For those of you who have been wondering what the heck happened to Armond White (his last review in the New York Press was published on August 24th), I believe I’ve found him. (And by “I’ve found him” I mean that somebody else found him, and I was lucky enough to catch the link they provided.) It seems that White has been busy writing for City Arts. No need to ask which city. It’s obviously New York, New York, the only town that matters culturally — ask any New York film critic. His most recent feature articles was a panegyric on his mentor/idol, Pauline Kael, whom White describes in his first sentence as “America’s most distinguished film critic.” The retrospective is prompted by a recent New York Film Festival panel and a couple new books on the infamous maven. White asserts, in his inimitably imperious style, her continued relevance to film culture:
“Kael’s revival is propitious because there are now generations of people who don’t know what criticism is. They’ve pacified themselves sucking Roger Ebert’s thumbs, unaware that an honest, intelligent response to art (and not just movies) has nothing to do with numbers, grades or tomatoes. Desperate for groupthink, not Kael’s educated individuality, millennial mobs see art (and that includes movies) as less important than consensus; movies become fashion statements or confirm one’s status. Audiences have lost the feeling for revelation and challenge that vital pop art once regularly provided.”
Coincidentally, A. O. Scott and Manohla Dargis recently had a back-and-forth on Kael over in the NYT. Once again, Scott finds just the right words for Kael’s legacy, and inadvertently supplies an epitaph that would apply just as equally to White himself:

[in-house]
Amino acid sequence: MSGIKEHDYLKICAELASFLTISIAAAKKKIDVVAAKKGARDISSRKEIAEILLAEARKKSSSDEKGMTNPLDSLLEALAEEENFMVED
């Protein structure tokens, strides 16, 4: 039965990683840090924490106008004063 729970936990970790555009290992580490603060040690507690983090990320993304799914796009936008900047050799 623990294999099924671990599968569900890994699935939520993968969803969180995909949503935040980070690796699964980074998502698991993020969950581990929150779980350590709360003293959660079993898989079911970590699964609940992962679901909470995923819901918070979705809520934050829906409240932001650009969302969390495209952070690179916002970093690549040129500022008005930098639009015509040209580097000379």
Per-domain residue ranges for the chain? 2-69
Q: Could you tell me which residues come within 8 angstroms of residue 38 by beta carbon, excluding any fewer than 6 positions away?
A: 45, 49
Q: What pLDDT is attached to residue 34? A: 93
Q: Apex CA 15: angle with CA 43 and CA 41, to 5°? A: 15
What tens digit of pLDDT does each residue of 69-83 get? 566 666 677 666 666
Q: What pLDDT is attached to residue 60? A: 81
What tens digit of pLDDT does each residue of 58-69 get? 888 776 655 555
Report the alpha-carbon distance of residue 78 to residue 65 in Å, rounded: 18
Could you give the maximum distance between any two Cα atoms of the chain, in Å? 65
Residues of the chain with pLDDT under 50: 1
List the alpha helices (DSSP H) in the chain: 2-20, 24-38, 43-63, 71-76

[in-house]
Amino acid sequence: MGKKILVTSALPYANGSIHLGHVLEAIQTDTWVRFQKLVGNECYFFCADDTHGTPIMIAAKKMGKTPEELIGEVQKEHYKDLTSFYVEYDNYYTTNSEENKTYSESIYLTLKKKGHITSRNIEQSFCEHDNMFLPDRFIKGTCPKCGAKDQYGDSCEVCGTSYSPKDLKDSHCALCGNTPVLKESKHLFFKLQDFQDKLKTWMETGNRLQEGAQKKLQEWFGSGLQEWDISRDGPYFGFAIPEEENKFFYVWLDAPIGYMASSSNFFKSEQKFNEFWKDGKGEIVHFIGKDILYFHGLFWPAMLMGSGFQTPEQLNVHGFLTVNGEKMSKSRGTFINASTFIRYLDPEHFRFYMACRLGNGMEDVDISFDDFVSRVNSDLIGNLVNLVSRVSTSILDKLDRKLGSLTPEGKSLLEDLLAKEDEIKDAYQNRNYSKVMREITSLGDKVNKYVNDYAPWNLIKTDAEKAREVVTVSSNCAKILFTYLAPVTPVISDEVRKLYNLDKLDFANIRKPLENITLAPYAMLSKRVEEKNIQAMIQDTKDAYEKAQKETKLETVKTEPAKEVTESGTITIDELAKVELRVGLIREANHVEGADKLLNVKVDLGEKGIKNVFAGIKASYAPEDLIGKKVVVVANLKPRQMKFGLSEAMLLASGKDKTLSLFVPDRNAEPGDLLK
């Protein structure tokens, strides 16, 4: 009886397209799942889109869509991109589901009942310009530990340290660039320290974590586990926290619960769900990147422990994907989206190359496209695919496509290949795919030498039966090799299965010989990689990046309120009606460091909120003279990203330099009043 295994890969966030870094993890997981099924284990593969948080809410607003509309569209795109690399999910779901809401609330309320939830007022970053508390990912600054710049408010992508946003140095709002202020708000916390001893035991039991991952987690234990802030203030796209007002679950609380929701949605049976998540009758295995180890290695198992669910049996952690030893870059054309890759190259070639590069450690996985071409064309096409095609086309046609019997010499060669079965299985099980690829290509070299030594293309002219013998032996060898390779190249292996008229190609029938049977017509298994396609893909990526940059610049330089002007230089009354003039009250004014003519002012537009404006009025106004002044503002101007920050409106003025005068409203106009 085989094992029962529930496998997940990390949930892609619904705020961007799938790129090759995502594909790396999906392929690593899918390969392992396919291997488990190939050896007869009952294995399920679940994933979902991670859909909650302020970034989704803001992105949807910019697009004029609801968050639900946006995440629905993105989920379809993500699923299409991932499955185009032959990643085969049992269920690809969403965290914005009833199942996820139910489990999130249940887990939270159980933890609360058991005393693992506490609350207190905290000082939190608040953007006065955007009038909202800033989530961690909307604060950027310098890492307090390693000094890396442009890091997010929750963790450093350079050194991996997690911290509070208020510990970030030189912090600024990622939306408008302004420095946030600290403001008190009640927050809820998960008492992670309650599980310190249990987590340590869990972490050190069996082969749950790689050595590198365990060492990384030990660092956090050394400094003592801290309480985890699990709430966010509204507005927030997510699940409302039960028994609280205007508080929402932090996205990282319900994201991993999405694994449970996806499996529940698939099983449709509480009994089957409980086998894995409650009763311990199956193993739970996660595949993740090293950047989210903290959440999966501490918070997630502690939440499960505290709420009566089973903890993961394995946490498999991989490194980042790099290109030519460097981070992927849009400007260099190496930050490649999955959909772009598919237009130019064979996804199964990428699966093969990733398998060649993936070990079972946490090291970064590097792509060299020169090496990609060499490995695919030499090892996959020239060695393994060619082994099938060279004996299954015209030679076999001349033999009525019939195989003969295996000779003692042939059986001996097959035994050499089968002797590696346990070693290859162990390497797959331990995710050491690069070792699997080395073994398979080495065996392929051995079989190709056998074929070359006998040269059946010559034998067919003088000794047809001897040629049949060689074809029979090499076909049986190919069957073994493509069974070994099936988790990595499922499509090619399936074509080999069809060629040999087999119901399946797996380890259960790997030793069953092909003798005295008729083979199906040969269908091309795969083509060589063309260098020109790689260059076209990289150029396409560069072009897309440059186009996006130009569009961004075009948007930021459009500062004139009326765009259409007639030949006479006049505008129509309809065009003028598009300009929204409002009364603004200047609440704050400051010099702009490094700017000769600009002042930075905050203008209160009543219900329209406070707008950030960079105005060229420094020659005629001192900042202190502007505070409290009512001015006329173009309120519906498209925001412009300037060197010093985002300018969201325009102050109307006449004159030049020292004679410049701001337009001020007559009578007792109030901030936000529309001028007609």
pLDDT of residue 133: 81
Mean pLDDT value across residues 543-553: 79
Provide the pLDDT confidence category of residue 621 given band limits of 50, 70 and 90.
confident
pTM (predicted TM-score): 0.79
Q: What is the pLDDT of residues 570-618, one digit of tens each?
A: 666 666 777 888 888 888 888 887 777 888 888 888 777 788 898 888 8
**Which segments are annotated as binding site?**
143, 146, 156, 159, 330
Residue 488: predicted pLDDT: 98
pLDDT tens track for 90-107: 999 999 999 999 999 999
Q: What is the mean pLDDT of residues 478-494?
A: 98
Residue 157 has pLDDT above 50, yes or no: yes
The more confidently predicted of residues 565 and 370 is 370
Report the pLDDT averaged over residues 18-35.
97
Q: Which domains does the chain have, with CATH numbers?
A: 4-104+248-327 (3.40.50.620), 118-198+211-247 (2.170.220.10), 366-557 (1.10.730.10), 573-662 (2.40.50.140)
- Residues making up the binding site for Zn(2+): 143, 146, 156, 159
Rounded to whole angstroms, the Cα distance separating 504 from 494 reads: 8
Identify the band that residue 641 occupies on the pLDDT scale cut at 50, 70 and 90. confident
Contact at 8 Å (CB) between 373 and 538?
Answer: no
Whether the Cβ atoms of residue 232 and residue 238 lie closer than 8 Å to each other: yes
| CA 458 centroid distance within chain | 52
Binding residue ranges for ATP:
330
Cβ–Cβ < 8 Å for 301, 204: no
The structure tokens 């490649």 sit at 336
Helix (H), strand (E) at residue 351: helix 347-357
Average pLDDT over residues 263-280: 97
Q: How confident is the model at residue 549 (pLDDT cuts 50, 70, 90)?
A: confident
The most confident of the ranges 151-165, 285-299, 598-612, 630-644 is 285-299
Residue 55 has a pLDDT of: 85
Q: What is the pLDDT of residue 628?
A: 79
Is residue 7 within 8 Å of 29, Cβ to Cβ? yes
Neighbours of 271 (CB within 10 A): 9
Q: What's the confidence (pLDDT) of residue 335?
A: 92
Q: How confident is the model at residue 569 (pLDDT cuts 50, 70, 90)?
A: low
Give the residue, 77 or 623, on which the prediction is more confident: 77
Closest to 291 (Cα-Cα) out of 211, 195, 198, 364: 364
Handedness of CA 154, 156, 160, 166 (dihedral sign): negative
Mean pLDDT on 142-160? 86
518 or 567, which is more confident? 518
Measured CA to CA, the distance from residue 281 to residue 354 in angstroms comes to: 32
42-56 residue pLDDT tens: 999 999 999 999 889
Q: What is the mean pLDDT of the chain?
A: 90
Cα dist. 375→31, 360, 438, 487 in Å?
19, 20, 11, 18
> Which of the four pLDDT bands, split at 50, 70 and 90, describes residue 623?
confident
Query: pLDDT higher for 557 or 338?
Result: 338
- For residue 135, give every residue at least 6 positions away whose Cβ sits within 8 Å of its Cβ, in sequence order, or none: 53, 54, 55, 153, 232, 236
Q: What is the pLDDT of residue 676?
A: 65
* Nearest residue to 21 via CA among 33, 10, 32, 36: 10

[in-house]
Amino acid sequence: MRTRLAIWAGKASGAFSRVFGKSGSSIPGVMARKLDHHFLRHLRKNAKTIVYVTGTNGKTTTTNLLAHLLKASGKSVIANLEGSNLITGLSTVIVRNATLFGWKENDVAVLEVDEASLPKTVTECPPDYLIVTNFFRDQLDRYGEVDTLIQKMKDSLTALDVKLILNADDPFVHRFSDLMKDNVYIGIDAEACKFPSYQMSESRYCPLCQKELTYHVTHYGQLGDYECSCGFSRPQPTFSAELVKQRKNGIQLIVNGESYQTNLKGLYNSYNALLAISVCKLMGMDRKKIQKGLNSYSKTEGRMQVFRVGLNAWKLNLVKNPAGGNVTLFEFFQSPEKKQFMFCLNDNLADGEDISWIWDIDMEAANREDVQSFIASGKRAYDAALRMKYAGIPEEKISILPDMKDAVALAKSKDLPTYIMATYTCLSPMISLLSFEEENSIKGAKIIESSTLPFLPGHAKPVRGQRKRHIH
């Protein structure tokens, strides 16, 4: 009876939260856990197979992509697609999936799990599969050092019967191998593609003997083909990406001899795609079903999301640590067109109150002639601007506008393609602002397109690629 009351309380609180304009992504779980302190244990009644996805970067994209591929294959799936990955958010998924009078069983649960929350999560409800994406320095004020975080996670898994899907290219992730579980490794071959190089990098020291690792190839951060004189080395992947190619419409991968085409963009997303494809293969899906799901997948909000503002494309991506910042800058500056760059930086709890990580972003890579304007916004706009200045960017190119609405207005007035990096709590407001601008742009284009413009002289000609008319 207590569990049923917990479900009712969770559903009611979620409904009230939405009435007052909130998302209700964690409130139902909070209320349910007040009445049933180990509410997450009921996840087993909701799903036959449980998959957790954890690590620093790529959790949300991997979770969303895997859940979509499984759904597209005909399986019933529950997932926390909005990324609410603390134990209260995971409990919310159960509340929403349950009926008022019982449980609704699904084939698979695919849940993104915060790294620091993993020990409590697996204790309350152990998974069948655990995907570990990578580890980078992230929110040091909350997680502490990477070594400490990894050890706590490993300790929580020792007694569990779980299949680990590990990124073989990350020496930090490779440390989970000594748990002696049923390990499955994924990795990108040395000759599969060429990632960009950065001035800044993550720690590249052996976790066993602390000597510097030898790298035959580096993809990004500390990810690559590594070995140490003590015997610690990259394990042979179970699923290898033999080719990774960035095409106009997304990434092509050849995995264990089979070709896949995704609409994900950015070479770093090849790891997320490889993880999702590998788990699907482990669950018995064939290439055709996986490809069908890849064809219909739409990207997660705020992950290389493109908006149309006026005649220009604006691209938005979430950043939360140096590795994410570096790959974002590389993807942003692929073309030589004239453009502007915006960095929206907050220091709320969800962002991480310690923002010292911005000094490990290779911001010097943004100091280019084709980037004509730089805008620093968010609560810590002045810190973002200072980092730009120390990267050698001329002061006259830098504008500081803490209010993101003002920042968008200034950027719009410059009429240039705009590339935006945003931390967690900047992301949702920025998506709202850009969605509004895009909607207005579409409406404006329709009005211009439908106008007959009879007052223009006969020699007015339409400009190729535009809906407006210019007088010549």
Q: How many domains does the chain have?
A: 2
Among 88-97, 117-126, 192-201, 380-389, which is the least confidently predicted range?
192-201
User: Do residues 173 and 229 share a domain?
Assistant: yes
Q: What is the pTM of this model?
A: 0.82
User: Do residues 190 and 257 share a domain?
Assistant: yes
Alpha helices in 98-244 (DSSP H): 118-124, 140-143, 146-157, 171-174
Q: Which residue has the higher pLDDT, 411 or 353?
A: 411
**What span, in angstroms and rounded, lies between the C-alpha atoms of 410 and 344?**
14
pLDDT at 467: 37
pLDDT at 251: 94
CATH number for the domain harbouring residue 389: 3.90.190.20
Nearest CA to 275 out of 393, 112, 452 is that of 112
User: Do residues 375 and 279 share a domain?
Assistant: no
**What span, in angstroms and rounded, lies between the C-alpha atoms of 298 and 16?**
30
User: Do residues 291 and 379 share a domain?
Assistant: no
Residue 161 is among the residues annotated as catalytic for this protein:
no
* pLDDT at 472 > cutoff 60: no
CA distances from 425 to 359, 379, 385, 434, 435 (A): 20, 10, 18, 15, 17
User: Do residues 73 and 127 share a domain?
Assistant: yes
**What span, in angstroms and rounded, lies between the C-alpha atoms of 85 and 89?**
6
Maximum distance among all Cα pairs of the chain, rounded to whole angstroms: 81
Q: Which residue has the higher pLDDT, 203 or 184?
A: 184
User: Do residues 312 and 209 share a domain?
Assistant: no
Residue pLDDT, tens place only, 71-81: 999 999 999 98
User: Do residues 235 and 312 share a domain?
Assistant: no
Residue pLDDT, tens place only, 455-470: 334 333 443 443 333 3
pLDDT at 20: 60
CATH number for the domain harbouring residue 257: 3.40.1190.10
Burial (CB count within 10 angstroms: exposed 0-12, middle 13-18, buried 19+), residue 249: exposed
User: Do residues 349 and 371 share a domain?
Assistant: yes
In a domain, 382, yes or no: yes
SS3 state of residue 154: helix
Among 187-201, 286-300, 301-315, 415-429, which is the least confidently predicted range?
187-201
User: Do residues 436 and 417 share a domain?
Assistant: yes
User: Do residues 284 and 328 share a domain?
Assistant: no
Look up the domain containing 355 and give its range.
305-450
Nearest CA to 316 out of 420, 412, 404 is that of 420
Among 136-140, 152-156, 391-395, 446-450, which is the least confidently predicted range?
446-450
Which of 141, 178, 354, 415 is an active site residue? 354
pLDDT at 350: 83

“You will search Kael’s collected work in vain for a theory, a system, or even a consistent set of principles. The Library of America volume is an anthology of hunches, prejudices, preoccupations and reactions. But that is what makes it so lively, and what makes Kael such a thrilling and vexing writer even now, when the particular movies she wrote about have either faded into semi-oblivion or been granted safe passage into the canon. She will not lead you to correct positions, but she is an example of the right way to do criticism, which is with everything you have.”
I’ve read quite a bit of Kael. She strikes me as the kind of person who would unblinkingly call you a blockhead for disagreeing with her and airily dismiss your protestations seconds later when you point out that you were echoing a principle she had articulate with fiery conviction only a few years earlier. As Scott says, her criticism is utterly alive, even if it is often infuriating. But I’d rather be angry than bored. White has this to say about Kael in another article:
“We are obliged to follow Kael’s best instincts and oppose, as she did, the herd mentality and overweening hype that ignores and overlooks the actual content of art. I’m OK with appreciating Kael’s writing as literature, but I cling to it as thinking.”
The most fundamental mistake people make about Armond White is the assumption that he’s in the game sheerly for notoriety. He’s not. He’s in it because he honestly believes that he is The Last Sane Man, and he will do whatever it takes to make his voice heard, even if that means being shrill, overzealous, and arrogant. He wants people to confront their own assumptions, and if it takes nigh-schizophrenic tautology to make that happen, so be it. White is frequently dead wrong (or incoherent), but like Kael’s, his writing is vivacious and informed by an uncompromising, scintillating intellect. There are few film critics who take such over pride in their own passion for the medium, and frankly, I’m glad that I finally found where White has been roosting. Here’s hoping he doesn’t jump ship again too soon. I have a bit of catching up to do.